Toward a methodology for estimating temporary residents

Most population statistics for states, counties, and cities refer to permanent residents, or persons who spend most of their time in an area. At certain times, however, many states and local areas have large numbers of temporary residents who exert a significant impact on the area's economy, physical environment, and quality of life. Typically, very little is known about the number, timing, and characteristics of these residents.

Accounting for migration in cohort-component projections of state and local populations

This article develops three different models of migration for cohort-component projections, each using a different base (i.e., denominator) for migration rates. The differences in the resulting projections are analyzed, and a number of conclusions are drawn regarding the construction of migration rates for use in cohort-component population projections.

Snowbirds, Sunbirds, and Stayers: Seasonal migration of elderly adults in Florida

The temporary migration of elderly adults has a major impact on the resident populations of both sending and receiving communities. This article presents a methodology for estimating temporary migration and provides insights into migratory patterns that cannot be achieved by focusing solely on changes in place of usual residence.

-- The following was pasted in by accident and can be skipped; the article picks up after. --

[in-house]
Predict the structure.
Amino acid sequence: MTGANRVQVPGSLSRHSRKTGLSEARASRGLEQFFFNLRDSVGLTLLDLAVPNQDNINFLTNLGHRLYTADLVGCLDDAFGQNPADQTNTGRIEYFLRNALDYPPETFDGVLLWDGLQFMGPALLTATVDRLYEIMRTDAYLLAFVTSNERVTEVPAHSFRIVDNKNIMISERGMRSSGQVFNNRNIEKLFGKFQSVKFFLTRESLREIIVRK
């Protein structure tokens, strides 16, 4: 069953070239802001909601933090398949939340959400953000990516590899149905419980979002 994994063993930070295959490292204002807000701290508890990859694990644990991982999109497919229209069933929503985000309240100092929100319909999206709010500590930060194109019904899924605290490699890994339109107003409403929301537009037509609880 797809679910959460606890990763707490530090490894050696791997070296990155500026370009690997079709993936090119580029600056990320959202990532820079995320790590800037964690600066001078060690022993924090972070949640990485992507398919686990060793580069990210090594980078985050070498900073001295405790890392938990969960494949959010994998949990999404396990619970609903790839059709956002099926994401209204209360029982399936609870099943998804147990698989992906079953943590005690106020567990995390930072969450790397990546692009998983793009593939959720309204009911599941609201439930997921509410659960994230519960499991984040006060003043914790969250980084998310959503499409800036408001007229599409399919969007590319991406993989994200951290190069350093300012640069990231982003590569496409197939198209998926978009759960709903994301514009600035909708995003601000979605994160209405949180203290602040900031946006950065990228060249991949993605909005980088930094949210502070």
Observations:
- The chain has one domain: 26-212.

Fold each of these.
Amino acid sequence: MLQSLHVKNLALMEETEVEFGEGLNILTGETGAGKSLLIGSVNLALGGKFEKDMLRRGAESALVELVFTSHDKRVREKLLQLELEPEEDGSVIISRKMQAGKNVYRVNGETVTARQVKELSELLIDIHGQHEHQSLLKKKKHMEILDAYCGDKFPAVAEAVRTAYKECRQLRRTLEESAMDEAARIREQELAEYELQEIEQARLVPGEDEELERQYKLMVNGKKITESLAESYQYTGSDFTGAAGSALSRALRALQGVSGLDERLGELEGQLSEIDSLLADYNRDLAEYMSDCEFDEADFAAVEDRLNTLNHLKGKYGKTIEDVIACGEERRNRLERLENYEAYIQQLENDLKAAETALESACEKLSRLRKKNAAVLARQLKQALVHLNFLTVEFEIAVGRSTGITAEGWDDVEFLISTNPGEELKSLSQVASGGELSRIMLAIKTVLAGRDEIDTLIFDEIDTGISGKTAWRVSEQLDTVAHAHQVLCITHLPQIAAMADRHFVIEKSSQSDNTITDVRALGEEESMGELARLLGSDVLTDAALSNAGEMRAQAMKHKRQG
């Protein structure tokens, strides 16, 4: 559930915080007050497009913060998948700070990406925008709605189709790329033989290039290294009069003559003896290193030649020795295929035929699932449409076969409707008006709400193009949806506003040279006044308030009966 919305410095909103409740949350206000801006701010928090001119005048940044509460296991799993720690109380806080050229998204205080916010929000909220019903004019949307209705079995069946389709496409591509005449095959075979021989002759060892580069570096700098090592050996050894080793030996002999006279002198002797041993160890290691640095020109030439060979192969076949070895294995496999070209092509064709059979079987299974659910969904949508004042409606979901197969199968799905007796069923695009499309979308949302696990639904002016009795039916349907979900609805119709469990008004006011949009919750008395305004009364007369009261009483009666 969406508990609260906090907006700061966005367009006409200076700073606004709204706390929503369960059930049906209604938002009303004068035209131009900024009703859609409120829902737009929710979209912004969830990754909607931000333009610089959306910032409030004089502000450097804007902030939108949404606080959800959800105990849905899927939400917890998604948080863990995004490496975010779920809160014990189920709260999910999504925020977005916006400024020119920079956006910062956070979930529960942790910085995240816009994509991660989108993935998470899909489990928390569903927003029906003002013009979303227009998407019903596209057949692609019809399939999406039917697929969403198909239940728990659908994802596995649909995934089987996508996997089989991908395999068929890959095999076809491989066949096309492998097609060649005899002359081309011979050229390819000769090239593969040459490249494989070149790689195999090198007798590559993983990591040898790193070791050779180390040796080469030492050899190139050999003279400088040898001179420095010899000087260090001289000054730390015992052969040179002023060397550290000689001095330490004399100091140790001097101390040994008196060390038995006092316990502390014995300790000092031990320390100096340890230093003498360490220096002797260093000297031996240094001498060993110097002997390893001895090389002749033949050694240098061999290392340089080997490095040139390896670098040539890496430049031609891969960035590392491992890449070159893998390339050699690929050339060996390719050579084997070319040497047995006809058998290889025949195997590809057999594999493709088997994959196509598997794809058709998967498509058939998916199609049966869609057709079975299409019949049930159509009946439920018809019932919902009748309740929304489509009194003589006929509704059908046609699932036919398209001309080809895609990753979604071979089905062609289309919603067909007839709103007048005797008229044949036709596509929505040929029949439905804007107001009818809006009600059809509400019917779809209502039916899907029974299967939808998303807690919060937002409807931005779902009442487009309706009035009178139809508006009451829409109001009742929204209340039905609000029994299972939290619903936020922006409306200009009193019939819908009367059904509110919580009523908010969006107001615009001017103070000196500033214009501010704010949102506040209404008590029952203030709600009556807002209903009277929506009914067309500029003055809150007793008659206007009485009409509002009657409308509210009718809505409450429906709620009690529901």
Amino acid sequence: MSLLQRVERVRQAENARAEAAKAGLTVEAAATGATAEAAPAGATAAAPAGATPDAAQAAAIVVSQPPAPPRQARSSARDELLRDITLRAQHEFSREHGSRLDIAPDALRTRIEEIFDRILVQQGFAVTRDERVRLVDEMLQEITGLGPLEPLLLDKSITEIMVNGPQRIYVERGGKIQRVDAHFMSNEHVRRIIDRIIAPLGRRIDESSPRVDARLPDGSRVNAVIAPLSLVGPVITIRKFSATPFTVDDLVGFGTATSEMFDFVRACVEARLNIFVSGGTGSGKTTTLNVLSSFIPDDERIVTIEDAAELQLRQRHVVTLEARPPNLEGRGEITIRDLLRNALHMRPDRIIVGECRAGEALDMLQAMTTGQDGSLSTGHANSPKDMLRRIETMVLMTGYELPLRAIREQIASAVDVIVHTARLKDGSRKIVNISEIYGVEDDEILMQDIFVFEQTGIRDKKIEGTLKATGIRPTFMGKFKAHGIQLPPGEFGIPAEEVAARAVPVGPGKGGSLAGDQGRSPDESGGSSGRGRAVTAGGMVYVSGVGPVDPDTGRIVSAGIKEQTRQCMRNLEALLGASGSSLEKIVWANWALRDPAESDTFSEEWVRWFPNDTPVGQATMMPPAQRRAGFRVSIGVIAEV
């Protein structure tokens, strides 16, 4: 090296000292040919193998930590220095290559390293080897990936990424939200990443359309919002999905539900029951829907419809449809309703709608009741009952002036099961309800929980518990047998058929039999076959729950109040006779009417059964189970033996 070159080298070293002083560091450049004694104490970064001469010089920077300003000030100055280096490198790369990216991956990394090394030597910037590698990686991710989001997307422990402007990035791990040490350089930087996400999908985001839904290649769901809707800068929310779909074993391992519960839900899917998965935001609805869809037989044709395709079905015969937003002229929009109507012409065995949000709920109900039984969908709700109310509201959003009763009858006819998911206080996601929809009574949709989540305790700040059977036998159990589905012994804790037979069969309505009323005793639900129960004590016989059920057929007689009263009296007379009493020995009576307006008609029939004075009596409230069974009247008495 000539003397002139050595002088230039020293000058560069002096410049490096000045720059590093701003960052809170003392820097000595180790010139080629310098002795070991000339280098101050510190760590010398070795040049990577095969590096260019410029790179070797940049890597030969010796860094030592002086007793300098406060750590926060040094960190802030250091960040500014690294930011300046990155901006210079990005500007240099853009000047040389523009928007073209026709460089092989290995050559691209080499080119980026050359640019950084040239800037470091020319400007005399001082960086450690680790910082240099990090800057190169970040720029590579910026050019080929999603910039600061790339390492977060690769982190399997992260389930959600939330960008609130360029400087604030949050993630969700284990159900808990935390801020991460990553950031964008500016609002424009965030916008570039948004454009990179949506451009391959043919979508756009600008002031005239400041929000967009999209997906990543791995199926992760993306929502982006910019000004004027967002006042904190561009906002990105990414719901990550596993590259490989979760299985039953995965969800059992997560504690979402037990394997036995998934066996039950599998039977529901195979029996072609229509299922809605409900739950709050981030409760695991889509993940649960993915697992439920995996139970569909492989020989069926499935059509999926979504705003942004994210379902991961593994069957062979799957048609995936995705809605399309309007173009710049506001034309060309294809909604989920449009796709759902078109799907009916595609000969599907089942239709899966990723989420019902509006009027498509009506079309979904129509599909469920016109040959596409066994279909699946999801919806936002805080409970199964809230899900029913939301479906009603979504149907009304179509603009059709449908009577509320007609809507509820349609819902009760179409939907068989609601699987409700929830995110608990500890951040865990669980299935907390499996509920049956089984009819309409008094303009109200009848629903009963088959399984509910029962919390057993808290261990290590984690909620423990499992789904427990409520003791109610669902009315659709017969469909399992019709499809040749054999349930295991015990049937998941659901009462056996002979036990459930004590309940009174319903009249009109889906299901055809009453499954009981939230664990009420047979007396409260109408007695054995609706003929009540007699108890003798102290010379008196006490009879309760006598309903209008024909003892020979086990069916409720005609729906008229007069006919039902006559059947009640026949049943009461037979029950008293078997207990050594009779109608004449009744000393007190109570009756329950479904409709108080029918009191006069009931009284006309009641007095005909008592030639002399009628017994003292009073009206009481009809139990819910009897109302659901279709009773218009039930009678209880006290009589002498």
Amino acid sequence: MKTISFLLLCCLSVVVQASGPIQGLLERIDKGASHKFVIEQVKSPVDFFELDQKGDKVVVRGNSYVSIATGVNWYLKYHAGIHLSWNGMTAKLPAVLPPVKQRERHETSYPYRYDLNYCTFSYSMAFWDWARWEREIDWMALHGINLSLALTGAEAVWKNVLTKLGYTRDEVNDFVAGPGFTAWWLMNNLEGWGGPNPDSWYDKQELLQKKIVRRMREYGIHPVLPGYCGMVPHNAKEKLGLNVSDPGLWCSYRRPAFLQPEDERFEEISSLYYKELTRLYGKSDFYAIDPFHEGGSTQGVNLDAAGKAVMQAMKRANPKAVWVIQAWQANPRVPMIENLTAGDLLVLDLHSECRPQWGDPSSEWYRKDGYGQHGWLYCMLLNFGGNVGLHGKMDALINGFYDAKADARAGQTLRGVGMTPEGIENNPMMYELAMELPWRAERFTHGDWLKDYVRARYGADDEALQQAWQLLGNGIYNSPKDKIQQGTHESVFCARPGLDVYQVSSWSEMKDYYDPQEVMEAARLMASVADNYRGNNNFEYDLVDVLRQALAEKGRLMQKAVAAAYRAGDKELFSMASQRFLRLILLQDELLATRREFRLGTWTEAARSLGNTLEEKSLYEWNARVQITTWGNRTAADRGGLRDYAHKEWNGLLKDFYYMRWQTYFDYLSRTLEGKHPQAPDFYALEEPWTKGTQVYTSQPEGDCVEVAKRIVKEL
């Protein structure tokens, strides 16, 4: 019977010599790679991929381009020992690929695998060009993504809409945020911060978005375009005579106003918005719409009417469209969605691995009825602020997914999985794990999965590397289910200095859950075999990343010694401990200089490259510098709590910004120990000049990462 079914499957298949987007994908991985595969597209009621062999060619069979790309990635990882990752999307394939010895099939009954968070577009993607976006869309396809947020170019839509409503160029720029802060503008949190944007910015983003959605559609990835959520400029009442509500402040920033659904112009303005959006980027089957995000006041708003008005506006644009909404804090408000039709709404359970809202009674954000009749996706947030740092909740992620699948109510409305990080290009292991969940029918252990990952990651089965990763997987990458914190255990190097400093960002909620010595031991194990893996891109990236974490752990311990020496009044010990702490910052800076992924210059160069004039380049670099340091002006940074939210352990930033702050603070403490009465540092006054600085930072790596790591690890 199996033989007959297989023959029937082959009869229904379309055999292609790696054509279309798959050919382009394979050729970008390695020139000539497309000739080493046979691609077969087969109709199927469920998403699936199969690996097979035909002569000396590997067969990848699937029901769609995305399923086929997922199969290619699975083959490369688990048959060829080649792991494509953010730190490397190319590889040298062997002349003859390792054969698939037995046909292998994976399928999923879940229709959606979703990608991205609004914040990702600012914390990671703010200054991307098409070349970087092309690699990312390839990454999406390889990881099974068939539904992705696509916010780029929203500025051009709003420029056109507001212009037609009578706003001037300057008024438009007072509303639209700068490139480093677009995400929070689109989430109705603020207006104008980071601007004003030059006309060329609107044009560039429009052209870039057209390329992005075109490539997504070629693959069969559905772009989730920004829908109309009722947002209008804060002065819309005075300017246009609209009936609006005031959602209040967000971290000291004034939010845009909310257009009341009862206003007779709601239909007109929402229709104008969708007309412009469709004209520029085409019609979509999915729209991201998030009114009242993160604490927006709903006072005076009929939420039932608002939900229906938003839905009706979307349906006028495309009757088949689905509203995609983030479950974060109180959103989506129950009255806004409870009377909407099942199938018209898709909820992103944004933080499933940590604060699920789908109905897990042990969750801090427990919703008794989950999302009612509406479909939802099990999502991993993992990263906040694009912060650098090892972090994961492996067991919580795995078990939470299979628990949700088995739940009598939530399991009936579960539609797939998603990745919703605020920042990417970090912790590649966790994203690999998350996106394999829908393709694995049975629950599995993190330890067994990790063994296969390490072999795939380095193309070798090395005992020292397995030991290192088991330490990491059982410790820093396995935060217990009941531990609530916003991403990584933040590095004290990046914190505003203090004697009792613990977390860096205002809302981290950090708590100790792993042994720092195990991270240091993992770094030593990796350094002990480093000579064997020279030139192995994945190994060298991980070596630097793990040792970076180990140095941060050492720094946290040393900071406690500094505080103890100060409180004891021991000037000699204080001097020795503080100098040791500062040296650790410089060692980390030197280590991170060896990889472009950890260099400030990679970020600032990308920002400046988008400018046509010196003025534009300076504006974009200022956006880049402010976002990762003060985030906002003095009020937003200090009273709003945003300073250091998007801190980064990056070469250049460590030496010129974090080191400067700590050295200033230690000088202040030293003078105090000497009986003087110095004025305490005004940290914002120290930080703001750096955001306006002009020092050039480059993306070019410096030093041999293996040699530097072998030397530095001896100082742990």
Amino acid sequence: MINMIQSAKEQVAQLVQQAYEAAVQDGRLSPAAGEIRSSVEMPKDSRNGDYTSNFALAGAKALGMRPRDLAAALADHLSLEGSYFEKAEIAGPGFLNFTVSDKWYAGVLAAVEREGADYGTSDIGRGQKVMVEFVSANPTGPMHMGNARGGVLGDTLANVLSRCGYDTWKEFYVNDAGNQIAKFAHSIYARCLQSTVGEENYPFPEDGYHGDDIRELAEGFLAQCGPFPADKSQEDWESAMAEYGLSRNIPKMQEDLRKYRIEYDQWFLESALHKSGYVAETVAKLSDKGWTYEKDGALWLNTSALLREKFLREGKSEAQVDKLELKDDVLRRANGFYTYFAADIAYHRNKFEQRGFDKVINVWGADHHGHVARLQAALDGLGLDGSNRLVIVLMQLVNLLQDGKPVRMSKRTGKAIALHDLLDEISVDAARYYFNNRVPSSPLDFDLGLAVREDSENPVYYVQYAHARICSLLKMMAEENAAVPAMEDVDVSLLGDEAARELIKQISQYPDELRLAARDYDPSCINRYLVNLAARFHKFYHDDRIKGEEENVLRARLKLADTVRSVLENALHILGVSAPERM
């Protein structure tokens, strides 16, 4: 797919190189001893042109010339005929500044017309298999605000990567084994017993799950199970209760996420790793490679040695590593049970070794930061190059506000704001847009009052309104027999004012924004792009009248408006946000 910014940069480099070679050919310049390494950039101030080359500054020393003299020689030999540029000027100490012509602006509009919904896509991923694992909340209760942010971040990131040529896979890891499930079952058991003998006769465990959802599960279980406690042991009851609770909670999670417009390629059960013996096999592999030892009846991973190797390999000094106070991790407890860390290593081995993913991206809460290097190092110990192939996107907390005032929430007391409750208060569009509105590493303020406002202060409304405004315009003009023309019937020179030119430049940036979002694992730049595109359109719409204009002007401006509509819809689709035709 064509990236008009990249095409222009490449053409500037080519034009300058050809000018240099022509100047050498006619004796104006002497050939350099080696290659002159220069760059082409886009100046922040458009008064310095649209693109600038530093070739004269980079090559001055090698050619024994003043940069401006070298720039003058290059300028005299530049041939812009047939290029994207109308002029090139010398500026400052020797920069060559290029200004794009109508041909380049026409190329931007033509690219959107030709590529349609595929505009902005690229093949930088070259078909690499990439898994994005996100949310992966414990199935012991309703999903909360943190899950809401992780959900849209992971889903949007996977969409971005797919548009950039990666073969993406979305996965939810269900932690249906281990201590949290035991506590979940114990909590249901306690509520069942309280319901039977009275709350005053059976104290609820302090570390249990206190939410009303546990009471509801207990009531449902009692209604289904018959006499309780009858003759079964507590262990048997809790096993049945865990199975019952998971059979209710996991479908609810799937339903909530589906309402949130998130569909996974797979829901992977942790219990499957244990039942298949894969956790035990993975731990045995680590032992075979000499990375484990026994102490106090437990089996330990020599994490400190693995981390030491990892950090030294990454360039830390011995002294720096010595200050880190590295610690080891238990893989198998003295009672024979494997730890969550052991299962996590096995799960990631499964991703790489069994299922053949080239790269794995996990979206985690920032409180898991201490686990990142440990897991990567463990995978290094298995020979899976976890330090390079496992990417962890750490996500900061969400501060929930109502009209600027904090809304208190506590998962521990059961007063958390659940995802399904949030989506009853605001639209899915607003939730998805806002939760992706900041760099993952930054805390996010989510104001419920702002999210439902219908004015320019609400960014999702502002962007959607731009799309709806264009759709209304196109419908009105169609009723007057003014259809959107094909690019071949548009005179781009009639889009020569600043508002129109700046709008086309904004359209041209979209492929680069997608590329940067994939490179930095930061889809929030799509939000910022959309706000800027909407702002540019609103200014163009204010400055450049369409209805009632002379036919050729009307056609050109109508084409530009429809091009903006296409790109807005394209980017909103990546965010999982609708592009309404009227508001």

Temporary migration: A case study of Florida

Most migration statistics in the United States focus on changes in permanent residence, thereby missing temporary moves such as the daily commute to work, business trips, vacations, and seasonal migration. In this paper, we analyze temporary migration streams in Florida, focusing on moves that include an extended stay. Using several types of survey data, we examine the characteristics of non-Floridians who spend part of the year in Florida and Floridians who spend part of the year elsewhere.

In defense of the net migrant

Net migration has been widely criticized as a theoretical concept and as a measure of population movement. Many of these criticisms are valid: net migration reflects a residual rather than a true migration process, it often masks large gross migration flows, it cannot account for differences in the characteristics of origin and destination populations, it cannot be used for rates in a probabilistic sense, and it can lead to misspecified causal models and unrealistic population projections.

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